The death this past Sunday of Ellen Dittebrandt, killed while bicycling on Interstate 84 west of Hood River, has stunned her large community of friends in the Gorge, many of whom are now focused on completing the Historic Columbia River Highway State Trail in her memory.
Dittebrandt’s death also comes on the heels of a scary month in Oregon. Just last week we reported that there were four major rear-end collisions in the span of just one week.
This latest collision happened early Sunday morning. According to Oregon State Police investigators, Dittebrandt, a 52-year old volunteer firefighter (named Firefighter of the Year in 2010), artist and triathlete who lived in Mosier, was riding westbound in the shoulder of I-84. Friends say she was training for a triathlon and was riding from Rowena Crest to Crown Point and back.
As she approached the off-ramp to Viento State Park (near milepost 56), a 55-year-old northwest Portland man named John Allman hit her from behind with his pickup truck. The police say Allman was likely drowsy and that “driver fatigue has been identified as a contributing factor.” The Hood River County DA’s Office is now reviewing the case and will consider whether there was any criminal wrongdoing.
(Photo courtesy Mark Frost)
As we first shared back in 2007, there’s a major effort to re-establish the Historic Columbia River Highway as a state trail, which would give people an option to riding the shoulders of I-84. While progress has been made — and the project was recently named a top priority by the Oregon Transportation Commission — two major gaps (totaling about 10 miles) remain.
“We’re late to the party but now there are a couple hundred people in this town that suddenly have a vested interest.”
— Mark Frost
Dittebrandt was riding through one of those gap when she was hit.
Mark Frost, a friend of Dittebrandt’s, has started a Facebook Group named Ellen Memorial Connector – Complete the Historic Columbia Gorge HWY. The group’s mission is to remember her by “enabling cyclists to ride the Columbia River Gorge safely.”
I spoke to Frost on the phone this morning. “I think for us,” he said, “We’re singularly focused to completing that trail.”
Frost described Dittebrandt as someone who had just recently taken up cycling and running and had lost 60 pounds in the last year. This year, he said, “She was like a steam train. She was out there every day. She was crossing things off her bucket list faster than any of us.” She had run her first marathon this summer and wanted to do a seven mile swim in the Columbia River. Frost said he warned her about how difficult that swim would be and how she shouldn’t do it without kayak support. So instead, she decided to do the Crest-to-Crest bike ride, a 120-mile out-and-back from Rowena to Crown Point.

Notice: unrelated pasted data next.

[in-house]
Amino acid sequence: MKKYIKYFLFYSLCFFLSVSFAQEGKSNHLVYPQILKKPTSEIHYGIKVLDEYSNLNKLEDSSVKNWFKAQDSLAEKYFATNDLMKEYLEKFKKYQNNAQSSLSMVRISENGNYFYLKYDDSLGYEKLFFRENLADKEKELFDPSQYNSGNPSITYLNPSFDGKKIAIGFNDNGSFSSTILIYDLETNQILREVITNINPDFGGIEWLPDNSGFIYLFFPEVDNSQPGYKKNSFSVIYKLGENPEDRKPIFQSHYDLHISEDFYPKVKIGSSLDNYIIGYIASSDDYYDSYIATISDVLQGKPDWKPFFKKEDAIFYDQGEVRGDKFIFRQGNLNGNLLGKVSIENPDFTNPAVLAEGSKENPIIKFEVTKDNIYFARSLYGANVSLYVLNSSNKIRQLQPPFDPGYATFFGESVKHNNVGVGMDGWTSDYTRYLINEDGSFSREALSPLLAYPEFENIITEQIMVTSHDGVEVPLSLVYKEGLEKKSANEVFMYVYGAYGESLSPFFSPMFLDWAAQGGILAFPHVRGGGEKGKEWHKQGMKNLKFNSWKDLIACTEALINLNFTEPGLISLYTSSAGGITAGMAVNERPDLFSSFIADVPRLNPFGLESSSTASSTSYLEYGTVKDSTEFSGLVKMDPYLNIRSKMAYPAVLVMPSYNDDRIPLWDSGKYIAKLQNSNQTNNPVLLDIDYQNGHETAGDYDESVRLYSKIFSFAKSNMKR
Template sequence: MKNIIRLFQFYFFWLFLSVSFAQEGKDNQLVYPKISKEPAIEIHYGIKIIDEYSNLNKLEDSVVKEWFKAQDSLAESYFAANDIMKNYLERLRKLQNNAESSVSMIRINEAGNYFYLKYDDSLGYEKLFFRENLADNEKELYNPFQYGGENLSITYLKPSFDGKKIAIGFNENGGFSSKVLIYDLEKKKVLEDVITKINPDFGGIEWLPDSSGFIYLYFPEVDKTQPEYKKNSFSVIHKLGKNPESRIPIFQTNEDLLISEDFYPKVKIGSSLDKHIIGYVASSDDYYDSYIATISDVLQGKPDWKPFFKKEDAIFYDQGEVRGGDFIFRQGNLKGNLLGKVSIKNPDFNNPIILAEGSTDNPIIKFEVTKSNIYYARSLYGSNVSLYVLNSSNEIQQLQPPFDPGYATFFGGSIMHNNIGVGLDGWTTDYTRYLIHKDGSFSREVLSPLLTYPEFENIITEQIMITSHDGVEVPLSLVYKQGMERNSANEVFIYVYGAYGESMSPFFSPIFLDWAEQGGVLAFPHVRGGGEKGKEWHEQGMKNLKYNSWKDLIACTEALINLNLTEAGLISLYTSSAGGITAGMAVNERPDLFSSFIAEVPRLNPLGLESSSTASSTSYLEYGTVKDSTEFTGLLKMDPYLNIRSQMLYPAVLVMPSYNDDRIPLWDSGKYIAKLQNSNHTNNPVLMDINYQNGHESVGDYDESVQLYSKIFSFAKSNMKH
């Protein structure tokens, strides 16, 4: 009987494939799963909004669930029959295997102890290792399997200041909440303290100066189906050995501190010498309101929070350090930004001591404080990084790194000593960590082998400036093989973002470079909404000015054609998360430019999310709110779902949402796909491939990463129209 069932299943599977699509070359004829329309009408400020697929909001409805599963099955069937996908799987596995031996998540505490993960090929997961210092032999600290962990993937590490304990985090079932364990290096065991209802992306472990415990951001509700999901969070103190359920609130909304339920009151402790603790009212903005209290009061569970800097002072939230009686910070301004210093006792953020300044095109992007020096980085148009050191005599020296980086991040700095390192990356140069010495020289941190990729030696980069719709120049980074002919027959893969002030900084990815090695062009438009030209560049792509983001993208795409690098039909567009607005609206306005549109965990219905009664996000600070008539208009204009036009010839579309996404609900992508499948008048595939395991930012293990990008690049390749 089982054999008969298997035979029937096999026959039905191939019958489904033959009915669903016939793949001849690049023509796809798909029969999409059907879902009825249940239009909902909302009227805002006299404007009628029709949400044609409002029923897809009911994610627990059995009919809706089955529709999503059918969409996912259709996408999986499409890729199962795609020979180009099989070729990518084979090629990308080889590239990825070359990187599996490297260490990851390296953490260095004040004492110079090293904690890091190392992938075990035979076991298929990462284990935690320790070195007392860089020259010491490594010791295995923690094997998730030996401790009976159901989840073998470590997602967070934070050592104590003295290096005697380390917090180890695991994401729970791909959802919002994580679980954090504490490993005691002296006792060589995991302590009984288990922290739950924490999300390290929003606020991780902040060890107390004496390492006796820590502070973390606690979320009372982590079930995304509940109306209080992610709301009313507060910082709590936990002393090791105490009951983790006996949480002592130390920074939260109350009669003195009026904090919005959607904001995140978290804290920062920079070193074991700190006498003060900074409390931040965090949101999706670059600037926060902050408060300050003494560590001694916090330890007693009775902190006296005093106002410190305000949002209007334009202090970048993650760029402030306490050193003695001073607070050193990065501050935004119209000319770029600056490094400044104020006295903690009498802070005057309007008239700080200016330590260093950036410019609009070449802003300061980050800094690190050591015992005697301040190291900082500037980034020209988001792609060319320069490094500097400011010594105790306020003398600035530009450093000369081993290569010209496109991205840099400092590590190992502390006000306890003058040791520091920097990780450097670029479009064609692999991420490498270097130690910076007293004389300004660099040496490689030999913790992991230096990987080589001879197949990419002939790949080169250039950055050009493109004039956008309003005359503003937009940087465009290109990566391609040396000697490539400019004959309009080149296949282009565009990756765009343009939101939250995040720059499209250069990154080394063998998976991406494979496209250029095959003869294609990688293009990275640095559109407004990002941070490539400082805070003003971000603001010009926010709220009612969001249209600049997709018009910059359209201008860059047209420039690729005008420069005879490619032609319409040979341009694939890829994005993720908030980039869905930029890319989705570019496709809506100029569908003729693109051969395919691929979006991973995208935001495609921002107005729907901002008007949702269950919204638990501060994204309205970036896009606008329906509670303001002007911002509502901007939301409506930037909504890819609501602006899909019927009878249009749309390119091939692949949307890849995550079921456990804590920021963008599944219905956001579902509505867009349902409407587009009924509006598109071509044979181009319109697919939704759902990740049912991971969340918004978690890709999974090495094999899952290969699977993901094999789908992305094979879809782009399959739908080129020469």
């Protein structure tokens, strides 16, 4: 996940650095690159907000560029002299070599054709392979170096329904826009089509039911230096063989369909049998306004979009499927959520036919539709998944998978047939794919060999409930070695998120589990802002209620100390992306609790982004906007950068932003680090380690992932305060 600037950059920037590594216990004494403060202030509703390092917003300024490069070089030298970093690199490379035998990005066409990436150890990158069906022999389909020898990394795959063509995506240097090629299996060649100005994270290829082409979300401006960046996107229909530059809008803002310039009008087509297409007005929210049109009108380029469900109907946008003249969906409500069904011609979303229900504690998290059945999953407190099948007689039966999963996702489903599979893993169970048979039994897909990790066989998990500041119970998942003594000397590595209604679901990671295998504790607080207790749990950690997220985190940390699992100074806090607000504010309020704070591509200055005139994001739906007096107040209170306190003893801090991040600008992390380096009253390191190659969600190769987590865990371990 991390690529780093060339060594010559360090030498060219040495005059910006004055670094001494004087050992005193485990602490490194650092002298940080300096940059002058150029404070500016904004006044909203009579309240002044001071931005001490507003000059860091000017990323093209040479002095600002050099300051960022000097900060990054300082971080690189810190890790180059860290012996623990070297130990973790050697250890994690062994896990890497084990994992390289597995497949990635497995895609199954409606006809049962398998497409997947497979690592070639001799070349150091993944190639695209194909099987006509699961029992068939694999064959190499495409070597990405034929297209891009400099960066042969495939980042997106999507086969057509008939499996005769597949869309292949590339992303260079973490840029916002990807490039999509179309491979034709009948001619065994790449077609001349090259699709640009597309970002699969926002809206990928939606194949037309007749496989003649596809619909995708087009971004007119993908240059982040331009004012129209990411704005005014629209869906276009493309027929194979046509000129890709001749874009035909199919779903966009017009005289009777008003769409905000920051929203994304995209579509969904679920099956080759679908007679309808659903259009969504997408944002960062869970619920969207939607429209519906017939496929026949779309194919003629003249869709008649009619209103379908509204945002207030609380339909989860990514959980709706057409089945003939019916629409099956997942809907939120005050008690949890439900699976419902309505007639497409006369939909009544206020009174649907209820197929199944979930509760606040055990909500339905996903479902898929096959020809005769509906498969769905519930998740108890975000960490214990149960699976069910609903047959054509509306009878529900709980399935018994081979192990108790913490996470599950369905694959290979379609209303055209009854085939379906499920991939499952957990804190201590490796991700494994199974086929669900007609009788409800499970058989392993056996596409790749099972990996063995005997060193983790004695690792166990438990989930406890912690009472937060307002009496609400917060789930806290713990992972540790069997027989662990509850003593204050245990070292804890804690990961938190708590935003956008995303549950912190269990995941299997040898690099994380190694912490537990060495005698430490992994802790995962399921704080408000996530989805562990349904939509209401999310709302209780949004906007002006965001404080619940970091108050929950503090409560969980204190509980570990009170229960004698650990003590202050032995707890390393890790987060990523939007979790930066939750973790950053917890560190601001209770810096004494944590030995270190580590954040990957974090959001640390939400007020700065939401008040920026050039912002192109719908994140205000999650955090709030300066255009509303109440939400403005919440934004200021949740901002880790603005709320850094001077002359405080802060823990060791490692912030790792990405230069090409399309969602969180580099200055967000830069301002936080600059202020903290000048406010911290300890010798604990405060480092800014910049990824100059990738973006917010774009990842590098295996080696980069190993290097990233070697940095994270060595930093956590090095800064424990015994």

“She headed out Sunday morning,” he recalled, “then jumped onto I-84 at Hood River, then six miles later near Viento… Well, you know what happened.”
Now Frost hopes he and others will come together to advocate on her behalf. The plan is to memorialize Dittebrandt by having the final link in the State Trail named after her. “We know it’s not going to happen overnight; but if we could move the date up just one year and save one more life it would be worth however much energy and money we could put into it.”
Up until this point, the effort to restore the Historic Columbia River Highway rallied around the economic and tourism benefits that would come with a scenic road (much of it open only to biking and walking) that would connect many Gorge communities. Now with this tragedy, there’s an added element of urgency.
Jeannette Kloos is a retired Oregon Department of Transportation employee who is now President of the Friends of the Historic Columbia River Highway, a group working with the State of Oregon to complete the project. “This tragedy,” Kloos wrote via email yesterday, “highlights the need to complete the Historic Columbia River Highway State Trail.”
Kloos estimates they need about $30 million to connect the path’s final two sections between Viento State Park and Hood River, and between Wyeth and Starvation Creek. Even with a high-level endorsement from the State of Oregon and a daunting financial figure, Kloos says grassroots advocacy is still important.
“The resolution from OTC [Oregon Transportation Commission] is excellent, but it didn’t have any dollars to go along with it. Advocates should continue to remind the OTC to act on that resolution and actually provide funding. We need to keep pushing.”
And that’s just what Frost and the many people in the Gorge who were touched by Dittebrandt’s life and art, plan on doing. “We’re late to the party but now there are a couple hundred people in this town that suddenly have a vested interest.”
— Join the Ellen Memorial Connector Facebook group to stay updated on their efforts.